Is it any wonder I was driven to transform myself from shy Catholic school bookworm, a new kid that no one wanted to touch, to a guy who was rubbing elbows with major movie stars on his own national talk show in New York City? I had compassion for Holly. So did BREAKFAST AT TIFFANY'S director Blake Edwards, screenwriter George Axelrod and star Audrey Hepburn. The opening credits scene alone of the 1961 movie is more memorable than a few feature length films I've paid to see in the last five years. It's daybreak, probably on a Sunday morning, in New York City. Fifth Avenue is free of traffic. It's quiet. A gorgeously gowned Holly Golightly emerges from a taxicab with a take-out order coffee and a pastry. That's her breakfast as she stands looking at diamonds in a window at Tiffany's. "Moon River," a wistful tune later to be sung by Holly, is the background music. With such an ultra-chic Manhattan visual, the harmonica solo in the music calls us the rural reality of Holly's past. Visually, she seems to have made a dream come true. Fabulous clothes. A swell cosmopolitan life. But there's a sense of longing in the composition.
Hepburn physically and movie image-wise was not the Holly Golightly of Truman Capote's novella. His muse was Marilyn Monroe. Had the film adaptation adhered closely to Capote's work, Tuesday Weld would've been a great choice to play Holly. In the under-appreciated 2006 drama, INFAMOUS, Toby Jones plays Truman Capote and Daniel Craig plays one of the convicted Kansas killers Capote interviews for his masterpiece, IN COLD BLOOD. In a letter from prison, the convict remarked that he read BREAKFAST AT TIFFANY'S. However, he didn't feel that Capote had true compassion for Holly. He was, to a degree, laughing at her. He wasn't totally kind. I read the novella and I agreed with Daniel Craig's character. Blake Edwards, George Axelrod and Audrey Hepburn were kind in their interpretation of the story. Hepburn was kind -- and brave. She took a risk with her successful and Oscar-winning image. She was perfectly cast as the runaway princess who delightfully learns about the joys of ordinary life. Outside of the castle, she finds romance and finds her true, independent voice as a royal who now has a personal connection to the people. This was in William Wyler's ROMAN HOLIDAY co-starring Gregory Peck. The 1953 film brought the new star an Oscar for Best Actress. In films to follow, Audrey Hepburn would again play the intelligent young woman attracted to the older, mature man. As the Greenwich Village bookstore clerk who majored in philosophy, she's Jo Stockton in the musical comedy, FUNNY FACE. Fred Astaire stars as a Richard Avedon-ish fashion photographer who sees what Jo doesn't see -- that she's got the right stuff to be a new model. He feels she'd be a breath of fresh air with her "character, spirit and intelligence." Those three qualities were hallmarks of a Hepburn character. The men her age come off as unimaginative, juvenile and responding to her looks more than her "character, spirit and intelligence." We saw Audrey Hepburn opposite Fred Astaire (FUNNY FACE), Humphrey Bogart (SABRINA), Gary Cooper (LOVE IN THE AFTERNOON), Cary Grant (CHARADE) and Rex Harrison (MY FAIR LADY). In each one, she's attracted to the older man even while a younger one pursues her.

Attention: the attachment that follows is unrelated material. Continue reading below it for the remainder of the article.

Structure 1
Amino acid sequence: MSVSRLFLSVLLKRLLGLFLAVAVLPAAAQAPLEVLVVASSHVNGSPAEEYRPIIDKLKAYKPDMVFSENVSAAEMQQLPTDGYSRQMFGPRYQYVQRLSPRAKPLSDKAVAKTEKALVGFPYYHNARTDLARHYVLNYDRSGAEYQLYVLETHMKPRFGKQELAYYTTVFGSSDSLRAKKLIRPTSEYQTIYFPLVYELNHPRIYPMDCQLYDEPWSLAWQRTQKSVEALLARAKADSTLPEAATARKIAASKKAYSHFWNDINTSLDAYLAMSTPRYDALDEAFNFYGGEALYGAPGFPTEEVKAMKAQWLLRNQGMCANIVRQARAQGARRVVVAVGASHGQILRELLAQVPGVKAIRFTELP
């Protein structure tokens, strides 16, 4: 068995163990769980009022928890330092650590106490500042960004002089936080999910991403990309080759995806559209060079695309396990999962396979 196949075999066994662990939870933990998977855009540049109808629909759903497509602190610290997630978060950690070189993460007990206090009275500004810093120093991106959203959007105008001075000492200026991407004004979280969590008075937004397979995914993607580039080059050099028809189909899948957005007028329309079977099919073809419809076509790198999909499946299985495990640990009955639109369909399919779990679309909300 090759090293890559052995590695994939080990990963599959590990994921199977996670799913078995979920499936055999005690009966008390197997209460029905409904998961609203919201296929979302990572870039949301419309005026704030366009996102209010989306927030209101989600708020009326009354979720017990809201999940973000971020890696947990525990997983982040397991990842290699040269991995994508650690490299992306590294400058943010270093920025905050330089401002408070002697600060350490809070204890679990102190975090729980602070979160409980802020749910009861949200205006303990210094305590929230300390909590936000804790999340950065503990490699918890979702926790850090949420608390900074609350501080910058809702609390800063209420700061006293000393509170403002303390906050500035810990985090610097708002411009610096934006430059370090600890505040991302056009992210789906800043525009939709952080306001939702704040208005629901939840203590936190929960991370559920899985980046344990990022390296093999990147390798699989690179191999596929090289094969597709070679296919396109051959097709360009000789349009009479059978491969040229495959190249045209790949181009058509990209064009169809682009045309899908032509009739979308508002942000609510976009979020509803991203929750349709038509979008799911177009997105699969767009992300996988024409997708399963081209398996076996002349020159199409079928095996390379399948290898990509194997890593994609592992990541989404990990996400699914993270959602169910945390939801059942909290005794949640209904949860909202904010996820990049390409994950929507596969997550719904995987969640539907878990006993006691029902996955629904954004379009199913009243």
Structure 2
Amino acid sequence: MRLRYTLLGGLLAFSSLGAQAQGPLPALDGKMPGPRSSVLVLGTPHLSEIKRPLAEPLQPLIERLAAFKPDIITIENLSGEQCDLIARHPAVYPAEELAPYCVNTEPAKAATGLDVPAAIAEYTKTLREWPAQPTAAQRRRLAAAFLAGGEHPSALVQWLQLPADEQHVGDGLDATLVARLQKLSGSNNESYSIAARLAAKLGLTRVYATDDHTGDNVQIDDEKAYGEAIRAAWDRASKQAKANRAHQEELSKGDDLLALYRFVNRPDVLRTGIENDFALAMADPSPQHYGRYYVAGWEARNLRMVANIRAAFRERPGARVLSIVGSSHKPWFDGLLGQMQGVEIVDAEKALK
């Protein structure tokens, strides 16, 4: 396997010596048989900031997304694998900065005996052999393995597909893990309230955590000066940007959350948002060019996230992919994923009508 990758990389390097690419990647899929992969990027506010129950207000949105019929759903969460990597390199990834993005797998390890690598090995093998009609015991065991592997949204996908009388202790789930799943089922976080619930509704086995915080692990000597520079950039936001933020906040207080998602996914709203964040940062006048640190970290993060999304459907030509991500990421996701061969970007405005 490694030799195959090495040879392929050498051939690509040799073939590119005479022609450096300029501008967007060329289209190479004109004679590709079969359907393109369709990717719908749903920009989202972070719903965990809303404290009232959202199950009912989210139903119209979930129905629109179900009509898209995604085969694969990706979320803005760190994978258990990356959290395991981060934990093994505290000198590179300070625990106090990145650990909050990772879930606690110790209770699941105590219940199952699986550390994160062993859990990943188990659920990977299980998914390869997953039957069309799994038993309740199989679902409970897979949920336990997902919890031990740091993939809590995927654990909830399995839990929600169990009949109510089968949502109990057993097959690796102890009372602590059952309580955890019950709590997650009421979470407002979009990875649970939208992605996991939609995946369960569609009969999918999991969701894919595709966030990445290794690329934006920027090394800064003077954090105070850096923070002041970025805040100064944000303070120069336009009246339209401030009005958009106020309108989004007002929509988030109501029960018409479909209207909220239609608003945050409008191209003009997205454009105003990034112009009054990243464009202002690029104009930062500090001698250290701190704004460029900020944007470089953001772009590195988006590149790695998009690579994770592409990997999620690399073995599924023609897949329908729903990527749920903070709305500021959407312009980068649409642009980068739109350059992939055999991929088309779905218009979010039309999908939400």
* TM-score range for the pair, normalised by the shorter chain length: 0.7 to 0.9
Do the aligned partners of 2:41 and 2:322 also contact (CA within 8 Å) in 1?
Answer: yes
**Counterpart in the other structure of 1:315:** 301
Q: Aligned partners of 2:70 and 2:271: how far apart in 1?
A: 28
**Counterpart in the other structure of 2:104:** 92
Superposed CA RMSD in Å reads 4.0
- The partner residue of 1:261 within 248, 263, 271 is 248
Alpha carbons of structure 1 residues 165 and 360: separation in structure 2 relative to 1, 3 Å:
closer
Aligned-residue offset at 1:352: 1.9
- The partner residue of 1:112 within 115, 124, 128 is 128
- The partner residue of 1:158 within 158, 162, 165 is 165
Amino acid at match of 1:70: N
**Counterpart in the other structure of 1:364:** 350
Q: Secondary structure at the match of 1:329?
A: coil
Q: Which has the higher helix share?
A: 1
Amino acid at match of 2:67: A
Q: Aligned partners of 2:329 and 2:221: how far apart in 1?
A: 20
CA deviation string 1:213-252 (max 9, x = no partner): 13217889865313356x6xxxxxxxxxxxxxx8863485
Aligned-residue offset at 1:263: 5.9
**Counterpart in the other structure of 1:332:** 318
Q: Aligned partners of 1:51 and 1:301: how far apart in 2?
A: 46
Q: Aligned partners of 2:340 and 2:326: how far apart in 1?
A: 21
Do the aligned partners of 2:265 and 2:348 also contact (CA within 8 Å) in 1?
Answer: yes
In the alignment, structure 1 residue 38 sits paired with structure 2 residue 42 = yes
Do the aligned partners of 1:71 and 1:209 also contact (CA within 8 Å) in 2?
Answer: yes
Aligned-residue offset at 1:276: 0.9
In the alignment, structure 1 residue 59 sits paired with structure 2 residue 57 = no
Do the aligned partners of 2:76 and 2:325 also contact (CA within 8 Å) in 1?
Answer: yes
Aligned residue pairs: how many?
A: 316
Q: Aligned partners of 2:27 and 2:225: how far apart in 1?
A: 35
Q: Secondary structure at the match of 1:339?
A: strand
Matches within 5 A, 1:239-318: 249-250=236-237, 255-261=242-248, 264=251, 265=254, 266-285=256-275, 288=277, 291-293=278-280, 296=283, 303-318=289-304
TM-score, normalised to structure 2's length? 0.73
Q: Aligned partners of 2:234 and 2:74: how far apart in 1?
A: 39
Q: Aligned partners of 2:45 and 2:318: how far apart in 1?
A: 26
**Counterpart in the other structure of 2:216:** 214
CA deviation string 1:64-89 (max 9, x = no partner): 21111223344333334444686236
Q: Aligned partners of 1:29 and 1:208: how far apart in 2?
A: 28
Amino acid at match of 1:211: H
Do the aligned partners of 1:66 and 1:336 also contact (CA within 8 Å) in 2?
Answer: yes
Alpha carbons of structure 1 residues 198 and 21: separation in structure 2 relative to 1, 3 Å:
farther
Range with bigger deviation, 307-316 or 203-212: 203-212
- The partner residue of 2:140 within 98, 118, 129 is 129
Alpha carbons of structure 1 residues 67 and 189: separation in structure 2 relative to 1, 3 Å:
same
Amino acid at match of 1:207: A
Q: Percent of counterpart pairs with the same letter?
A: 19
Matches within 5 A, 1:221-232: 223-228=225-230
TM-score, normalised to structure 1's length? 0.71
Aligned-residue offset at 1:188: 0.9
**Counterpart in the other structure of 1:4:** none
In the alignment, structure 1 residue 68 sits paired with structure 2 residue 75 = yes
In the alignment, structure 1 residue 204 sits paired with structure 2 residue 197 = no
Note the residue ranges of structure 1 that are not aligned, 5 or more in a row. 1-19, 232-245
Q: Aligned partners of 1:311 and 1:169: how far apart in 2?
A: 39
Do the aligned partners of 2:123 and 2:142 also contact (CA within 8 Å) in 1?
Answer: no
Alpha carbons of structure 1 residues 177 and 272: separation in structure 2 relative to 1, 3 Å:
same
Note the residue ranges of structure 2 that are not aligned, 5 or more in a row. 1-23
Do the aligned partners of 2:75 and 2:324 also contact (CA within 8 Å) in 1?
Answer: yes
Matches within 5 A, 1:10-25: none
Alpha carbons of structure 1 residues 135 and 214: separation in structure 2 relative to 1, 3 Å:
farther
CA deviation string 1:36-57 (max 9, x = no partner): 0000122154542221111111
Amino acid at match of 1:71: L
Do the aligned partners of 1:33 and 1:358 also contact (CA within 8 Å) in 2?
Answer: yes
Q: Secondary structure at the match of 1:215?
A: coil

Blake Edwards' BREAKFAST AT TIFFANY'S presented the chance to depart from the Audrey Hepburn film template. In this production, the older man could lead her to a life of heartbreak. There's Doc, played by Buddy Ebsen. Doc knew Holly before she fled to New York and reinvented herself. He wants her to return to her rural origins. There's José, the handsome and mature South American visitor. He has money and position. He'd want Holly solely for amusement. She gives off the hipster attitude that she'd be cool with that because she's a free spirit who just wants money and fun. She plans to fly overseas to hook up with José. The young man who is Holly's neighbor is just like Holly. Paul Varjak, played by George Peppard, is a struggling new writer who's being kept by a well-to-do middle-aged married woman. Paul Varjak gets money for sexual favors so he can get by. He puts an end to that when he falls in love with Holly. This time, the qualities of the Audrey Hepburn character would be noticed and fully appreciated by a man her age. The actress flipped the script on her screen image.
Audrey Hepburn received another Best Actress Oscar nomination thanks to this performance. I love BREAKFAST AT TIFFANY'S. I came to love it even more thanks to a waiter in the West Village who served me a cheeseburger deluxe.